Rumors of a new pandemic — a novel disease for which we humans had little to no defense — swirled across the news cycles only a month or so into the new year. And then the rumors became truth.
Predictions were all over the board, as is to be expected as new information came to light nearly every hour, but healthcare leaders settled onto some basic information for stalling the spread — practice social distancing and wash your hands.
So far, we’ve not hit the catastrophic numbers predicted in worst-case scenarios, and there’s little doubt that the simple actions employed by so many people is the reason. But even with this minor victory, there’s no cause for celebration. The truth of the matter, is that we simply don’t know what will happen.
This great unknown is precisely the reason for caution and preparedness. It’s what led Dr. Nathan Henderson to form the Pope County Covid-19 Triage Unit.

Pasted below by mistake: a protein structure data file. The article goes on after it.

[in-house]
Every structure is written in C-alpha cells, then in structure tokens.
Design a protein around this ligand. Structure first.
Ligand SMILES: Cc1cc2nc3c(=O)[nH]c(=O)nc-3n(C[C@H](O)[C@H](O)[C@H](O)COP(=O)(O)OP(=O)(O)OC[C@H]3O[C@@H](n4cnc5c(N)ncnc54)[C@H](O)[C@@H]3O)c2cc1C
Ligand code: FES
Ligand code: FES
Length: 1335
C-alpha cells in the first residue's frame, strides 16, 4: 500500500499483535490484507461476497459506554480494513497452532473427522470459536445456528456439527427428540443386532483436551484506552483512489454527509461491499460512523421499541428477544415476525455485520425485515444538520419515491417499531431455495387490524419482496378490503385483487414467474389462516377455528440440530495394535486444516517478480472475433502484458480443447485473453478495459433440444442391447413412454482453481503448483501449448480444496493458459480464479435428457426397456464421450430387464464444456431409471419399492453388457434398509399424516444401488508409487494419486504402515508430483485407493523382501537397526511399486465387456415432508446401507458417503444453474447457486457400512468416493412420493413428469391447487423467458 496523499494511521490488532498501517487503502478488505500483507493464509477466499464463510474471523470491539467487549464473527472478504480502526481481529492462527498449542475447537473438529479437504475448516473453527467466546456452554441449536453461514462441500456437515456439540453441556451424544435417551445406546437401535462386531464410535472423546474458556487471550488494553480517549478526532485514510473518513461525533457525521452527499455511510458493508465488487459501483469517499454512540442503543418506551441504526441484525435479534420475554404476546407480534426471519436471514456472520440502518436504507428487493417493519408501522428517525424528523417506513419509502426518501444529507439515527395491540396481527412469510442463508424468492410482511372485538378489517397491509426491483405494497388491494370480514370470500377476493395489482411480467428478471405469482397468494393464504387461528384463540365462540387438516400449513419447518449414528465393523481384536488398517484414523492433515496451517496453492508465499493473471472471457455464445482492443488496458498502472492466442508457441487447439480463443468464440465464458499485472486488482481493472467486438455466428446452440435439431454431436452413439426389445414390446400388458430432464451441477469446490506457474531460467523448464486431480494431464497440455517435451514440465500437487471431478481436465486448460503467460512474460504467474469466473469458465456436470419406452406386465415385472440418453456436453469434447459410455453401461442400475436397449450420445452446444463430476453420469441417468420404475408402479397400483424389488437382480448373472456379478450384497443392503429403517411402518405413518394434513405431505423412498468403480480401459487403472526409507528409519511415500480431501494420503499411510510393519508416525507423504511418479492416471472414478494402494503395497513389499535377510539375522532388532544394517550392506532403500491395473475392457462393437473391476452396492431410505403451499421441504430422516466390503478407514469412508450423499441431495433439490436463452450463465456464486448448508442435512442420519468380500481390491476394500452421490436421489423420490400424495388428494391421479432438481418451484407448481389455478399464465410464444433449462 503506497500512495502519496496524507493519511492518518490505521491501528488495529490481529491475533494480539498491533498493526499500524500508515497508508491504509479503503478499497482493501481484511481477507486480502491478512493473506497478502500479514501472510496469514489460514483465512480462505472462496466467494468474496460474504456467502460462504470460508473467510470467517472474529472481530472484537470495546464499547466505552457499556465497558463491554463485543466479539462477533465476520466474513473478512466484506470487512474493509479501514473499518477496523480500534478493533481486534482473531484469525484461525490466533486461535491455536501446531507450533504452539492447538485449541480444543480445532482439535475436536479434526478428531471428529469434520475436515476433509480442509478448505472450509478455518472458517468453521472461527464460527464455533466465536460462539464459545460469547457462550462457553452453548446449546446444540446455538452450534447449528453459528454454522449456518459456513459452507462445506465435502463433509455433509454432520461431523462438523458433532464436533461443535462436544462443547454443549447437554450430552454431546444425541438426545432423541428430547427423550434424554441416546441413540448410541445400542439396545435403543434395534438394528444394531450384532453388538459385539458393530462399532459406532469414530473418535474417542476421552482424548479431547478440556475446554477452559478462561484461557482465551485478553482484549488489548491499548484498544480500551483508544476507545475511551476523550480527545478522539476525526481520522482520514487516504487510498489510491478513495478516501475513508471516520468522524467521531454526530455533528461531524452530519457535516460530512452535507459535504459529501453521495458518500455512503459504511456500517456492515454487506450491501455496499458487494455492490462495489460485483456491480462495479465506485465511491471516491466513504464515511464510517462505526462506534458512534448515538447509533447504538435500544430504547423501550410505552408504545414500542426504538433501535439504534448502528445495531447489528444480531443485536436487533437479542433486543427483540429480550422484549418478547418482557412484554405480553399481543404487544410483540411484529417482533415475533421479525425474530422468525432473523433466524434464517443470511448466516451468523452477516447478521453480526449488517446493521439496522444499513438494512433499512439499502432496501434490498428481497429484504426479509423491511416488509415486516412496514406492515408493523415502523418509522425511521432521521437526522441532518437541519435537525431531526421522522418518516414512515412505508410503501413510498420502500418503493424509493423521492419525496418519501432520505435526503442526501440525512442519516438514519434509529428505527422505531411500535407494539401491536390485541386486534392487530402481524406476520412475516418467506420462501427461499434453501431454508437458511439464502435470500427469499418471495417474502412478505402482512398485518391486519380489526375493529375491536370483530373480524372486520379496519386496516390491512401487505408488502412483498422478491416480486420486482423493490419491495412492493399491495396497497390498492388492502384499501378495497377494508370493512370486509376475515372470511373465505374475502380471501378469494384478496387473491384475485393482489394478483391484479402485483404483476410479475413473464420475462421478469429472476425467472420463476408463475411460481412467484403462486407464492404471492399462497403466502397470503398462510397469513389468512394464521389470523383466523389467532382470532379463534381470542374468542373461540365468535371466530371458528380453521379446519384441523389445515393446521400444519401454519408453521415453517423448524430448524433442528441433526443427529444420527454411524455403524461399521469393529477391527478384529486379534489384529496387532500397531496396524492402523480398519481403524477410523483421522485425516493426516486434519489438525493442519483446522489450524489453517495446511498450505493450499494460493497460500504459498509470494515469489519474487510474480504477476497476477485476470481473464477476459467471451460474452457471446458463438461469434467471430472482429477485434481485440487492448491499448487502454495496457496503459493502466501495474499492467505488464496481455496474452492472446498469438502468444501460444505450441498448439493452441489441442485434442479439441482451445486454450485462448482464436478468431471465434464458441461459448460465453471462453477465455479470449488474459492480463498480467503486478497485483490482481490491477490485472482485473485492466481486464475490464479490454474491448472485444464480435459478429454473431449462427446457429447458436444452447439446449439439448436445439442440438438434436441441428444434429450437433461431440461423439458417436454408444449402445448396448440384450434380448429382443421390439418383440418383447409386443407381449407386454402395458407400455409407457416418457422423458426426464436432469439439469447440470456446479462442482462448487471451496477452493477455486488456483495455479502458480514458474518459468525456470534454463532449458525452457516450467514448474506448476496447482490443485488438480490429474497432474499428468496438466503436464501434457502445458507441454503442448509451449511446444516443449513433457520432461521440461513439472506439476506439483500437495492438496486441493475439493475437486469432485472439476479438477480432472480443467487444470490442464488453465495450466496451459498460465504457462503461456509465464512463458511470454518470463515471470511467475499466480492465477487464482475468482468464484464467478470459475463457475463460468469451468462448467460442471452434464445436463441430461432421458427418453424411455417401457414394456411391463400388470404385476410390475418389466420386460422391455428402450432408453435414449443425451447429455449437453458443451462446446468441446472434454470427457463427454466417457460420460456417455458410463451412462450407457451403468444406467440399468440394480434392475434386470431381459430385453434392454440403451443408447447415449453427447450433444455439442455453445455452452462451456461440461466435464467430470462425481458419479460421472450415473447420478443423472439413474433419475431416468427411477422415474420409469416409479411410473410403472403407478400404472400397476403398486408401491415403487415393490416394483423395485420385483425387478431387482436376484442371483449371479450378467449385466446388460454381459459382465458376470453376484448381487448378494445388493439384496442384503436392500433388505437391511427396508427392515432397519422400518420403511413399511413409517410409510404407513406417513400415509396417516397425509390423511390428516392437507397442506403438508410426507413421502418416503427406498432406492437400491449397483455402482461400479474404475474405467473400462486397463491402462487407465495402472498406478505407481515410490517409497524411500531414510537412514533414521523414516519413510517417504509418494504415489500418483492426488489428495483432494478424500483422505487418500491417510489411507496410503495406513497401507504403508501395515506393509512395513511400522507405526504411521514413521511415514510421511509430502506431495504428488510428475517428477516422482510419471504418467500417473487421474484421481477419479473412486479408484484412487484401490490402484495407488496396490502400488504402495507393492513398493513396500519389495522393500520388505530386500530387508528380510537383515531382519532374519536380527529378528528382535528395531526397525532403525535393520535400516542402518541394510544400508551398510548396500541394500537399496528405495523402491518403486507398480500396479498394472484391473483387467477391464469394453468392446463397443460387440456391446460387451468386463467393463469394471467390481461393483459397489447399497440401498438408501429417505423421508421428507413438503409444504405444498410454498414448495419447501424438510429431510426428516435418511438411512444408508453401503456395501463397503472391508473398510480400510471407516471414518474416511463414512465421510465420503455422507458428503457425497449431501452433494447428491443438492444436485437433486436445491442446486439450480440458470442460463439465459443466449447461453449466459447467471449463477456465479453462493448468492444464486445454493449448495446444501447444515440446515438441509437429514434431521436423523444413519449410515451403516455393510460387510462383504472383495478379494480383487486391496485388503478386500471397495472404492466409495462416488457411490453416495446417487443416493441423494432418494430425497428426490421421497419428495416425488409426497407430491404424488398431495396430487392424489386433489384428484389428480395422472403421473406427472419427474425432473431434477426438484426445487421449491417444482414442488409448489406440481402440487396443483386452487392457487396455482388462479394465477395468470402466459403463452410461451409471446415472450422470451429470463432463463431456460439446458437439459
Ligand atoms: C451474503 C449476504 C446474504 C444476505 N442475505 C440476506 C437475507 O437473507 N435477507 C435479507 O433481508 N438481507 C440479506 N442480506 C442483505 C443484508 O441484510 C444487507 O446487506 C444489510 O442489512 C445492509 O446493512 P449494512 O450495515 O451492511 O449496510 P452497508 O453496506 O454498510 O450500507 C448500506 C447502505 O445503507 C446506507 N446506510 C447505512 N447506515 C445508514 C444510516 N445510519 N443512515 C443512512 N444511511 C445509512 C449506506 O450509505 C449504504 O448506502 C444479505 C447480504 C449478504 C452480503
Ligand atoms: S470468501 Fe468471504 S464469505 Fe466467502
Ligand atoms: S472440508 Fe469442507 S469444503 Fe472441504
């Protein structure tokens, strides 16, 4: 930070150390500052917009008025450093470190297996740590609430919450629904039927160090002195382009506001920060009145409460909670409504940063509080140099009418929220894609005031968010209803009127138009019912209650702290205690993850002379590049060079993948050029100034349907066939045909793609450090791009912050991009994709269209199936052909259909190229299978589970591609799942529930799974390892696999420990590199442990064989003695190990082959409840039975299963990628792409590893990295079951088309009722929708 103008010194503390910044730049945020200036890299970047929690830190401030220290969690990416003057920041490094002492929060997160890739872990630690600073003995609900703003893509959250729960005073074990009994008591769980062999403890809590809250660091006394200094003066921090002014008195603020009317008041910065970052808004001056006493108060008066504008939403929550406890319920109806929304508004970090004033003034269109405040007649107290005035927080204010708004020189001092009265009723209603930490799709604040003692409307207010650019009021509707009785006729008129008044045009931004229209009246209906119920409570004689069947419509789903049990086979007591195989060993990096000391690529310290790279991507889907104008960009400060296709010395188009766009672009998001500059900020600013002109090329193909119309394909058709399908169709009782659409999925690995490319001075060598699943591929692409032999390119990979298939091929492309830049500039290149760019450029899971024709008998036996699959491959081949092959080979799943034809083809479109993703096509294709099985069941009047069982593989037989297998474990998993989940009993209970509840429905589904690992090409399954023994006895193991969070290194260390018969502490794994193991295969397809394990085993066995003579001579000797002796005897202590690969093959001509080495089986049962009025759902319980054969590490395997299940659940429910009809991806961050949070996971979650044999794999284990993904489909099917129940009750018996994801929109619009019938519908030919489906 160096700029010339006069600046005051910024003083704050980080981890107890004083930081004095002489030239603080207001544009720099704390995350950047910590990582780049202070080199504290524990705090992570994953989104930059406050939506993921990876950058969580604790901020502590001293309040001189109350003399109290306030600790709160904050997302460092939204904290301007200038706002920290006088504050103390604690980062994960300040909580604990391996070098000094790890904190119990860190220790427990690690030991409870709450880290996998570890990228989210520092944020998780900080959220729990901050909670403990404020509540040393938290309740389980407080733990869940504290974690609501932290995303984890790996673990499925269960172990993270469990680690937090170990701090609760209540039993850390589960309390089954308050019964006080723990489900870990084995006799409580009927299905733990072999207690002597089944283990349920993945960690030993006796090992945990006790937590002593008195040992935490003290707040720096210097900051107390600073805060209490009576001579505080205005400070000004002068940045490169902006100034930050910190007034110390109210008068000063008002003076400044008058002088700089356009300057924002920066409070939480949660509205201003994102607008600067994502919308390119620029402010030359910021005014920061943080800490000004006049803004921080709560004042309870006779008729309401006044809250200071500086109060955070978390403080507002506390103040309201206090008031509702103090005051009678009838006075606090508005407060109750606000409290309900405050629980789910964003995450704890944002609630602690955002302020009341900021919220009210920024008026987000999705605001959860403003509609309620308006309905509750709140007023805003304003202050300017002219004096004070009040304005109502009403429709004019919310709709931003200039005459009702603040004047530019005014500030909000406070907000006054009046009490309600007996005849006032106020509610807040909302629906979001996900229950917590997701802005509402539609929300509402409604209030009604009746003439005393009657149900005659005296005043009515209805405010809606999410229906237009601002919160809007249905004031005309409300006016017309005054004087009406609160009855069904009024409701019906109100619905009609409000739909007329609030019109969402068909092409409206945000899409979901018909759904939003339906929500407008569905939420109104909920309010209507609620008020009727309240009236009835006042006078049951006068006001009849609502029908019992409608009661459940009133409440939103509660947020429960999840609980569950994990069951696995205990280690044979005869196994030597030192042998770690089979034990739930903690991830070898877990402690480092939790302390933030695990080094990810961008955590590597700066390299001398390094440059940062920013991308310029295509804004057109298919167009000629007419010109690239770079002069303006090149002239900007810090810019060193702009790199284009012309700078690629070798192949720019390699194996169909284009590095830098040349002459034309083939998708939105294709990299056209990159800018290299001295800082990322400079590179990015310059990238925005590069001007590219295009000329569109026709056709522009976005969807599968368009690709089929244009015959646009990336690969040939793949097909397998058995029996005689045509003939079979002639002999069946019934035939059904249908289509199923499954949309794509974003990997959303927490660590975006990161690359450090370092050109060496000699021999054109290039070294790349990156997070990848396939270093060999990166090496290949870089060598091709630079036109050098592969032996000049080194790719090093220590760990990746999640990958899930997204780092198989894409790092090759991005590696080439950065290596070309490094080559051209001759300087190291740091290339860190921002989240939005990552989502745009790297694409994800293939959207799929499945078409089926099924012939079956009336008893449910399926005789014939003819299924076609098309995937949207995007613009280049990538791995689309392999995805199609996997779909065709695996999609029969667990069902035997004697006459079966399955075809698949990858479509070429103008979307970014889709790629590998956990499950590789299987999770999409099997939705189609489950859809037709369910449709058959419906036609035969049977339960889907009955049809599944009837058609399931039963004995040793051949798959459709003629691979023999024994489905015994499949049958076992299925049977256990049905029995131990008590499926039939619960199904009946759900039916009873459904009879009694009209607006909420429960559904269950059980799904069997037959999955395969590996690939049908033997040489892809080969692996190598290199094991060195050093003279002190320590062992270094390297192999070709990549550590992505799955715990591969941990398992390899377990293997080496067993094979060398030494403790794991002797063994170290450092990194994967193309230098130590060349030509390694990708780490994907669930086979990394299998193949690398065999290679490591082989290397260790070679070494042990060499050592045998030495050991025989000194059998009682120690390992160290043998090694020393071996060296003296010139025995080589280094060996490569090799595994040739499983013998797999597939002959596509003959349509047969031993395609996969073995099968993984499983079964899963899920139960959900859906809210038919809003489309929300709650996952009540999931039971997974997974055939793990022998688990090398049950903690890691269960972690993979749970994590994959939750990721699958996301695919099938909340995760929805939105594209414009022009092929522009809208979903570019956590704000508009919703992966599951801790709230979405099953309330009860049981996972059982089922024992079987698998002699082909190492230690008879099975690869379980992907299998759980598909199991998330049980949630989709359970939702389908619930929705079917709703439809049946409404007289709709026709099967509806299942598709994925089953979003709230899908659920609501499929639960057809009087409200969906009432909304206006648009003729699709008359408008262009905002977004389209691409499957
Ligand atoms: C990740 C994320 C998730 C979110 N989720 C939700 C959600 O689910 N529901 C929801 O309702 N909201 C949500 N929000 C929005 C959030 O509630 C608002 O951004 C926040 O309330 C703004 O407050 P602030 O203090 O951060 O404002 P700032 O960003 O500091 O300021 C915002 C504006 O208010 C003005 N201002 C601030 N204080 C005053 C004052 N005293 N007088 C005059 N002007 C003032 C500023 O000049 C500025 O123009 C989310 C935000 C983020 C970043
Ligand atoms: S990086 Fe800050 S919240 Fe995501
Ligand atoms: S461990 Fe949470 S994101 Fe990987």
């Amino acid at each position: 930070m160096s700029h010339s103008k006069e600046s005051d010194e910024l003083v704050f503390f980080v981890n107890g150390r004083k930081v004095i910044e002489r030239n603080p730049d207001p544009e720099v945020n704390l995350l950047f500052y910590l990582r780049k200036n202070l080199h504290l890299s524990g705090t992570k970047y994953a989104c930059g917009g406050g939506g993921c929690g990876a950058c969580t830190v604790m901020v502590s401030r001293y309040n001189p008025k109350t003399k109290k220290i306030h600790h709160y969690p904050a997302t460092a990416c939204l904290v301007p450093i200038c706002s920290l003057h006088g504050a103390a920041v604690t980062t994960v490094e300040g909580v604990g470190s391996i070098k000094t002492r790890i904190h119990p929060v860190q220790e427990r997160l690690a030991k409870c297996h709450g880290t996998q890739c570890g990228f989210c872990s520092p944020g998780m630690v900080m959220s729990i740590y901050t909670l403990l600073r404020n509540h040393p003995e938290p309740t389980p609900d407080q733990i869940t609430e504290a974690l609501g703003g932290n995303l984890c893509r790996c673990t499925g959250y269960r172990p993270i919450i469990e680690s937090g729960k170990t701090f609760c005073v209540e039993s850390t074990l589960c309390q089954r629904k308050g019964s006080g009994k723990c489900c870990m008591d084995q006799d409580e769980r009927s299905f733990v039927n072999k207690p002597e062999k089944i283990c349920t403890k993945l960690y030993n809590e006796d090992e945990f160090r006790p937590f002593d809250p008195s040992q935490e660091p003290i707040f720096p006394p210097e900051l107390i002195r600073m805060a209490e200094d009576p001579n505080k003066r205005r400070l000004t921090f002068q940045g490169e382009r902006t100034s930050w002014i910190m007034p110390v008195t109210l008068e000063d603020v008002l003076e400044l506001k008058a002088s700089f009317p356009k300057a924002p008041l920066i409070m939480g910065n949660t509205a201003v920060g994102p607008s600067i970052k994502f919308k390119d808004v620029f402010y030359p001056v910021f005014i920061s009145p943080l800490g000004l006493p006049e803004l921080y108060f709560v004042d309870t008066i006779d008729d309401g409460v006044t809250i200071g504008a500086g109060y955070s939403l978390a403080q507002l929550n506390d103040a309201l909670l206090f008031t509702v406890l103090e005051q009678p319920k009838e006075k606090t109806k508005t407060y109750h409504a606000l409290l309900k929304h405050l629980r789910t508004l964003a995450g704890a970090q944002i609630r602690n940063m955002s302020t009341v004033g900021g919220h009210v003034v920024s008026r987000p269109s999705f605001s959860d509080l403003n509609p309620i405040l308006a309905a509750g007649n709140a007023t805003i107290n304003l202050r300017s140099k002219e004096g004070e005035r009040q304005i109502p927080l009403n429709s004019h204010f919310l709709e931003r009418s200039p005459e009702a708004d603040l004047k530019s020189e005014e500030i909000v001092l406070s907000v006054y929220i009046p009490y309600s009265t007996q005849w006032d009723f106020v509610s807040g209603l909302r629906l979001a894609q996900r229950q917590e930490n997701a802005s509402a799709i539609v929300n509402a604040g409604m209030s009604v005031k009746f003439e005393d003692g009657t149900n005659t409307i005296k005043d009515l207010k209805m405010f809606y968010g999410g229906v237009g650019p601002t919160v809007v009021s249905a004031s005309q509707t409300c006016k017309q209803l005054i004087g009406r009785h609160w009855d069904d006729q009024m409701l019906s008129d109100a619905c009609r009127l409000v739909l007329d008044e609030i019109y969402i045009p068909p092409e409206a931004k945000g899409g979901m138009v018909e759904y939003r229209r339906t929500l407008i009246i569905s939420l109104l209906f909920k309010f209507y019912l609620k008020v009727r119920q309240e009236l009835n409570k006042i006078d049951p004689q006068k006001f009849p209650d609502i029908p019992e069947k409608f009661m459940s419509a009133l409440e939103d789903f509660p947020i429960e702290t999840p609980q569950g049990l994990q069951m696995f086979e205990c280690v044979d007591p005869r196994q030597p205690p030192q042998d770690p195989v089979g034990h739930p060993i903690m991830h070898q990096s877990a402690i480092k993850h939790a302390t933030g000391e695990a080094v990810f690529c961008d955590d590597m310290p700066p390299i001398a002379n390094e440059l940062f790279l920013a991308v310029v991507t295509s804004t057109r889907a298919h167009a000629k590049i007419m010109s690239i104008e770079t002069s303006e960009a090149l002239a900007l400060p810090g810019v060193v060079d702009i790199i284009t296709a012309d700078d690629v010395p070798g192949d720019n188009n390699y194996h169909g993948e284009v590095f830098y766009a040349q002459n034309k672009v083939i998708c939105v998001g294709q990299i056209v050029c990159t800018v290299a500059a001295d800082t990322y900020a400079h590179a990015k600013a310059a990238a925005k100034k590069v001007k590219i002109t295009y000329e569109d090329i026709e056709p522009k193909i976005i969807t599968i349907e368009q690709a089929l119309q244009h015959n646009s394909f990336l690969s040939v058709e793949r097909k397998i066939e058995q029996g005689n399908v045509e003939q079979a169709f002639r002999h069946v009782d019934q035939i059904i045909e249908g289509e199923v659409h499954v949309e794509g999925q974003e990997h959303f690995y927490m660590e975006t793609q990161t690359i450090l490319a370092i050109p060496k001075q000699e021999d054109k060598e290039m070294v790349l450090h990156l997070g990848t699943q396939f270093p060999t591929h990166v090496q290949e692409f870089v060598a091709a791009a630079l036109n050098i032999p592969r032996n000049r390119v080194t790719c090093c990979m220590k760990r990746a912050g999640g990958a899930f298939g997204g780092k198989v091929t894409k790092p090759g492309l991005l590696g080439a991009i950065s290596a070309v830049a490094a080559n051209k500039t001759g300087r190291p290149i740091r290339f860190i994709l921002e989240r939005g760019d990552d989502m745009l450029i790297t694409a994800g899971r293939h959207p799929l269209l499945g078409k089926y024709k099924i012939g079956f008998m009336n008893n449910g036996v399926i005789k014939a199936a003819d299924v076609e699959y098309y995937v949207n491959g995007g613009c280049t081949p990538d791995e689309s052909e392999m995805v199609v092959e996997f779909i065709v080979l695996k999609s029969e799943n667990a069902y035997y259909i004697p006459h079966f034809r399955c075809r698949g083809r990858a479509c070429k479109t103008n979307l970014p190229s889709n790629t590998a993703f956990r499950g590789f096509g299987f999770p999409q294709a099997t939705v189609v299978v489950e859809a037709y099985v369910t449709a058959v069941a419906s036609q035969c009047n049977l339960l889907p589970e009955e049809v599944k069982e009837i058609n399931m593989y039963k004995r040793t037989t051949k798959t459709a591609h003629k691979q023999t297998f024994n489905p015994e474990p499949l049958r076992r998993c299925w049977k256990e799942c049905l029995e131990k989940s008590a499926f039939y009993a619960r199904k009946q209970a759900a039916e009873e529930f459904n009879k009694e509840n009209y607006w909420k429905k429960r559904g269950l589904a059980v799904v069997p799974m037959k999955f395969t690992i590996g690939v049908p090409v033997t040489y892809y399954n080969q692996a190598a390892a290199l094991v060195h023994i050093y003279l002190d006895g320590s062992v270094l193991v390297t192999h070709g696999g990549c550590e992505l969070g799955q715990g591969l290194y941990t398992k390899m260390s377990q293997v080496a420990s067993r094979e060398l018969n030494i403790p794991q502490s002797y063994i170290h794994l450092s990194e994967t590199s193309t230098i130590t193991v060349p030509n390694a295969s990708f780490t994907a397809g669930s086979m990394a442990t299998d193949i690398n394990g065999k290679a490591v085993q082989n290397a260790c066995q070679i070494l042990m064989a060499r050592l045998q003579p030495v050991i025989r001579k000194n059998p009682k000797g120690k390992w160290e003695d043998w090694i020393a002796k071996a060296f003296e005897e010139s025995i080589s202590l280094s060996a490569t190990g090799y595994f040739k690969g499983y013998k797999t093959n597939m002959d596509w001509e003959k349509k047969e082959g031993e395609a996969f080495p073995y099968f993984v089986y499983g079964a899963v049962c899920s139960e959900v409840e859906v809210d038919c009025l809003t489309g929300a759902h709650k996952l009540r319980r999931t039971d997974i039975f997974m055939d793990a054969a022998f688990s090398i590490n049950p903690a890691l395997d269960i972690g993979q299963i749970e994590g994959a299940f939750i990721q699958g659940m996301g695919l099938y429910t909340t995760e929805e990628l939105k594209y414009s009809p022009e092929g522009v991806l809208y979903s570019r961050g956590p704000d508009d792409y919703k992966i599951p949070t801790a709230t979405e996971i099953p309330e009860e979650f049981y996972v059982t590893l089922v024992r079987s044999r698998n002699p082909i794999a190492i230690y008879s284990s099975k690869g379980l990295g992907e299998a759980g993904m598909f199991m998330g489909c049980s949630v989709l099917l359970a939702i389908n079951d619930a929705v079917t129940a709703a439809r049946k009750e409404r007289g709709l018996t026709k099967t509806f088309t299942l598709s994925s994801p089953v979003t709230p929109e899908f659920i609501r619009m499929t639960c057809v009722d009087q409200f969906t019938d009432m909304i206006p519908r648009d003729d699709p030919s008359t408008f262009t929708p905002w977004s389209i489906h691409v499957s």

As writer Hannah Butler and I discussed this story and how we would tell it, we focused on shining the light of humanity on the volunteers running the Triage. Mostly we did it so that readers would see the faces behind the face shields and recognize them as our neighbors. There are no high-powered bureaucrats behind the Triage. It was one local doctor’s idea and his will to act that made it happen.
There is no hidden “agenda” involving any depth of government or political party. These are just healthcare professionals doing their job — actually going beyond their job — for us. They’re working long hours in rough conditions and enduring far too much backlash from the very public who they are desperately trying to protect.
We also wanted readers to understand that they are doing all of this while battling their own fears of contracting the disease themselves. And, even worse, passing the disease to someone without a healthy immune system. Someone who could be admitted to the hospital, to ICU, ventilated, or could even die.
These are the people who are putting aside their own concerns and bravely, voluntarily, standing in harm’s way for all of us.
I am hesitant to use the word “hero.” It’s been slapped onto so many acts and people that the very meaning has been watered down to the point of near nothing. But I can’t find a better word for professionals striving to do more than their jobs require for the safety of their community.